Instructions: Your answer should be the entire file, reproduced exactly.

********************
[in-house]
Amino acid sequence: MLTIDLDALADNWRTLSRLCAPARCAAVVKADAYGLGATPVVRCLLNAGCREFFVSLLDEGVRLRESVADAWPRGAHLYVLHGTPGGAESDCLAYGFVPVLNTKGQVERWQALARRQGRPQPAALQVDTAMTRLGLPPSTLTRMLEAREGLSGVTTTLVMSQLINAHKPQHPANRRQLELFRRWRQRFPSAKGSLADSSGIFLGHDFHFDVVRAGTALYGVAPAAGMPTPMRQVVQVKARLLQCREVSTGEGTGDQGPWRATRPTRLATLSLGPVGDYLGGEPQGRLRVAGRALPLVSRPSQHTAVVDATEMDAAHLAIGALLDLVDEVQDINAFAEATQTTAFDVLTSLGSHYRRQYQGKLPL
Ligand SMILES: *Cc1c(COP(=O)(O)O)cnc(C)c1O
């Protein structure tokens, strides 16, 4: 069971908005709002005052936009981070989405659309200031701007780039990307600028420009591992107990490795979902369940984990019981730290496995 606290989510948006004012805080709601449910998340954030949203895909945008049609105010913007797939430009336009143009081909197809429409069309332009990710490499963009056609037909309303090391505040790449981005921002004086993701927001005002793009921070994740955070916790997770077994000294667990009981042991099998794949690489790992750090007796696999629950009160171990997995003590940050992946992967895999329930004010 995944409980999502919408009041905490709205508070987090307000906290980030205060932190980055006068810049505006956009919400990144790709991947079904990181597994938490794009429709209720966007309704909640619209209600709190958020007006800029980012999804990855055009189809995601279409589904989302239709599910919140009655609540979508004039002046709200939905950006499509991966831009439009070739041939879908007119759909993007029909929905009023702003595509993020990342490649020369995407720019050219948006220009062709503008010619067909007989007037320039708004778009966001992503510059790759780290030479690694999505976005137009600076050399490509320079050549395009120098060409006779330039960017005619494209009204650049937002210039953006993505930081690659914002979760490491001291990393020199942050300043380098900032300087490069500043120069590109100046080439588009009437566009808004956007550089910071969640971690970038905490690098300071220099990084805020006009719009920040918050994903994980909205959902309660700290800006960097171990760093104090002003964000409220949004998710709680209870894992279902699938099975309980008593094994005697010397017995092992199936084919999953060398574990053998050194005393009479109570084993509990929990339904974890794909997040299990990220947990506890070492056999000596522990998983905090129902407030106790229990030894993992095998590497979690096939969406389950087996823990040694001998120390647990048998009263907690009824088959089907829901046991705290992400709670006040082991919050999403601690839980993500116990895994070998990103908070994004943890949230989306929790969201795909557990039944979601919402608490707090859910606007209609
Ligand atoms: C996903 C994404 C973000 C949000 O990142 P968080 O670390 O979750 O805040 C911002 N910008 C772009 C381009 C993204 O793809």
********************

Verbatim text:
[in-house]
Amino acid sequence: MLTIDLDALADNWRTLSRLCAPARCAAVVKADAYGLGATPVVRCLLNAGCREFFVSLLDEGVRLRESVADAWPRGAHLYVLHGTPGGAESDCLAYGFVPVLNTKGQVERWQALARRQGRPQPAALQVDTAMTRLGLPPSTLTRMLEAREGLSGVTTTLVMSQLINAHKPQHPANRRQLELFRRWRQRFPSAKGSLADSSGIFLGHDFHFDVVRAGTALYGVAPAAGMPTPMRQVVQVKARLLQCREVSTGEGTGDQGPWRATRPTRLATLSLGPVGDYLGGEPQGRLRVAGRALPLVSRPSQHTAVVDATEMDAAHLAIGALLDLVDEVQDINAFAEATQTTAFDVLTSLGSHYRRQYQGKLPL
Ligand SMILES: *Cc1c(COP(=O)(O)O)cnc(C)c1O
């Protein structure tokens, strides 16, 4: 069971908005709002005052936009981070989405659309200031701007780039990307600028420009591992107990490795979902369940984990019981730290496995 606290989510948006004012805080709601449910998340954030949203895909945008049609105010913007797939430009336009143009081909197809429409069309332009990710490499963009056609037909309303090391505040790449981005921002004086993701927001005002793009921070994740955070916790997770077994000294667990009981042991099998794949690489790992750090007796696999629950009160171990997995003590940050992946992967895999329930004010 995944409980999502919408009041905490709205508070987090307000906290980030205060932190980055006068810049505006956009919400990144790709991947079904990181597994938490794009429709209720966007309704909640619209209600709190958020007006800029980012999804990855055009189809995601279409589904989302239709599910919140009655609540979508004039002046709200939905950006499509991966831009439009070739041939879908007119759909993007029909929905009023702003595509993020990342490649020369995407720019050219948006220009062709503008010619067909007989007037320039708004778009966001992503510059790759780290030479690694999505976005137009600076050399490509320079050549395009120098060409006779330039960017005619494209009204650049937002210039953006993505930081690659914002979760490491001291990393020199942050300043380098900032300087490069500043120069590109100046080439588009009437566009808004956007550089910071969640971690970038905490690098300071220099990084805020006009719009920040918050994903994980909205959902309660700290800006960097171990760093104090002003964000409220949004998710709680209870894992279902699938099975309980008593094994005697010397017995092992199936084919999953060398574990053998050194005393009479109570084993509990929990339904974890794909997040299990990220947990506890070492056999000596522990998983905090129902407030106790229990030894993992095998590497979690096939969406389950087996823990040694001998120390647990048998009263907690009824088959089907829901046991705290992400709670006040082991919050999403601690839980993500116990895994070998990103908070994004943890949230989306929790969201795909557990039944979601919402608490707090859910606007209609
Ligand atoms: C996903 C994404 C973000 C949000 O990142 P968080 O670390 O979750 O805040 C911002 N910008 C772009 C381009 C993204 O793809």